Expanding Excellence in Developmental Biology in Oklahoma
Welcome to our website. We have completed Phase I and are currently in the final year of Phase II of our COBRE: “Expanding Excellence in Developmental Biology in Oklahoma”. Developmental Biology is fundamental to progress in determining the molecular basis of many diseases, as well as for the rapidly emerging field of regenerative medicine. Discoveries made in the field of Developmental Biology will enable new therapeutic strategies for a myriad of human diseases. The goal of our COBRE has been to recruit and train promising Project Leaders to build a critical mass of Developmental Biologist in Oklahoma. We succeeded in building an interactive community where developmental biologists can flourish and have established core facilities to provide critical tools for making fundamental discoveries that can be translated into technologies benefiting human health.
In Phase I we recruited five scientists using a variety of model systems to zebrafish, Drosophila, mice and adult stem cells. All five of our Phase I Junior Investigators now run well-funded research laboratories at the Oklahoma Medical Research Foundation (OMRF) or the University of Oklahoma Health Sciences Center (OUHSC).
In Phase II we recruited five new Junior Investigators, four of these have graduated. We recruited two additional scientists and currently support three Phase II Project Leaders. Our Phase II Project Leaders have done outstanding work addressing fundamental questions in developmental biology (cell growth and division, cell signaling, differentiation, tissue regeneration, and modeling human diseases in model organisms) with translational relevance, using a variety of model systems (planarians, Drosophila, C. elegans, zebrafish, mice and cell culture systems). This infusion of new experimental strategies and zeal has greatly benefited our institution overall.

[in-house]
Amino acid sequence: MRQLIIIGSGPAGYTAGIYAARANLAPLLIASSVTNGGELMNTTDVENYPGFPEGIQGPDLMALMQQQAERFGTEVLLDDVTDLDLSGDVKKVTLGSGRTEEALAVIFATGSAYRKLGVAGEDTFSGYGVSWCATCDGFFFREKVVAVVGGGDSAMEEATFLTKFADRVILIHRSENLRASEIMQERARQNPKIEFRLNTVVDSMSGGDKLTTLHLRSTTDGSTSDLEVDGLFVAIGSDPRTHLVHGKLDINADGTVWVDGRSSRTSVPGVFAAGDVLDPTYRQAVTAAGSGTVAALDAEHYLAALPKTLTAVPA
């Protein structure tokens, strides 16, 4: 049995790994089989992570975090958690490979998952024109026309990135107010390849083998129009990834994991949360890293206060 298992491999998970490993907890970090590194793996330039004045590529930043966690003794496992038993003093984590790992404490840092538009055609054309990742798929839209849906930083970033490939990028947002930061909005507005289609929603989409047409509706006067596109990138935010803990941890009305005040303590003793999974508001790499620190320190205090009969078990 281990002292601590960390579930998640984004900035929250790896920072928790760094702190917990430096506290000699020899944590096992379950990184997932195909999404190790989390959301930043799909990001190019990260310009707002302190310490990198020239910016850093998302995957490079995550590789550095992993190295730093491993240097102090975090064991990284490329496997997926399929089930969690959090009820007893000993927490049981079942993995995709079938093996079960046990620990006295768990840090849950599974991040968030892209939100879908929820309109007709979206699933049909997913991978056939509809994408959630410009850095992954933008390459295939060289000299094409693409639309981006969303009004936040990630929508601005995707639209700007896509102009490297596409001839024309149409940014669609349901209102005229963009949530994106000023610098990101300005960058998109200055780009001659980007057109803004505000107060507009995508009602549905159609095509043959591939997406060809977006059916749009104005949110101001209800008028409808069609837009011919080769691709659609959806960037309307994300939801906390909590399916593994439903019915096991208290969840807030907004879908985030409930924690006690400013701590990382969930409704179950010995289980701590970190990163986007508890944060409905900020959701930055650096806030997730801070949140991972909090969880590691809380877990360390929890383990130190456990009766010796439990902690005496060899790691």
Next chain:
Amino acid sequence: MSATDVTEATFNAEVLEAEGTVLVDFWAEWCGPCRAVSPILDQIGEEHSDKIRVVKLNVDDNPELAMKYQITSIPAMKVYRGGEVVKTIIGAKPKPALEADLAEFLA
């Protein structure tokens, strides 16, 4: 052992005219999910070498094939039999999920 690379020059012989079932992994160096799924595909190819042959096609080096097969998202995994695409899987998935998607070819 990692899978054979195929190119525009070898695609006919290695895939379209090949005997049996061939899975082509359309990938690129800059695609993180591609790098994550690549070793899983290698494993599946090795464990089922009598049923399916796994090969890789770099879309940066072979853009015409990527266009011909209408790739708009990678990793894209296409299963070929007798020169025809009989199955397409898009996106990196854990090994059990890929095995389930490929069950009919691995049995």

In addition to building our infrastructure, Phase II COBRE support is addressing important and alarming nation-wide trends in the biomedical research workforce: the increasing age of investigators receiving initial NIH support (current average of 42 years), a high dropout rate for those awardees (up to 50%) and difficulty in remaining competitive over time. Erosion of NIH support for investigator-initiated proposals in favor of program awards and expansions in the requirements for publications in scientific journals require more rapid affiliation with large teams. However, that can conflict with the need to achieve independent recognition. Retaining rising stars in an increasingly competitive environment represents an additional challenge for institutions. Our strong track record of successful research and high investigator retention indicate that OMRF can bring unique resources to address these challenges while growing an exciting, multi-disciplinary research focus in Developmental Biology. In Phase II, this has been accomplished through the following Specific Aims:
Aim 1. To grow our multi-disciplinary research program in Developmental Biology through the nurturing of a talented group of Junior Investigators with outstanding potential to become leaders in their fields.
Aim 2. To mentor the Junior Investigators, using a combination of senior scientists and recently graduated COBRE Junior Investigators within existing OMRF and University of Oklahoma faculty.
Aim 3. To form an External Advisory Committee of internationally recognized developmental biologists to evaluate the progress of, and offer advice to, the Junior Investigators.
Aim 4. To maintain and expand Core facilities to support the research of the Junior Investigators and lay the groundwork for sustainable operation after COBRE funding ends.
Aim 5. To promote scientific interactions among the Junior Investigators and create an environment conducive to investigator retention.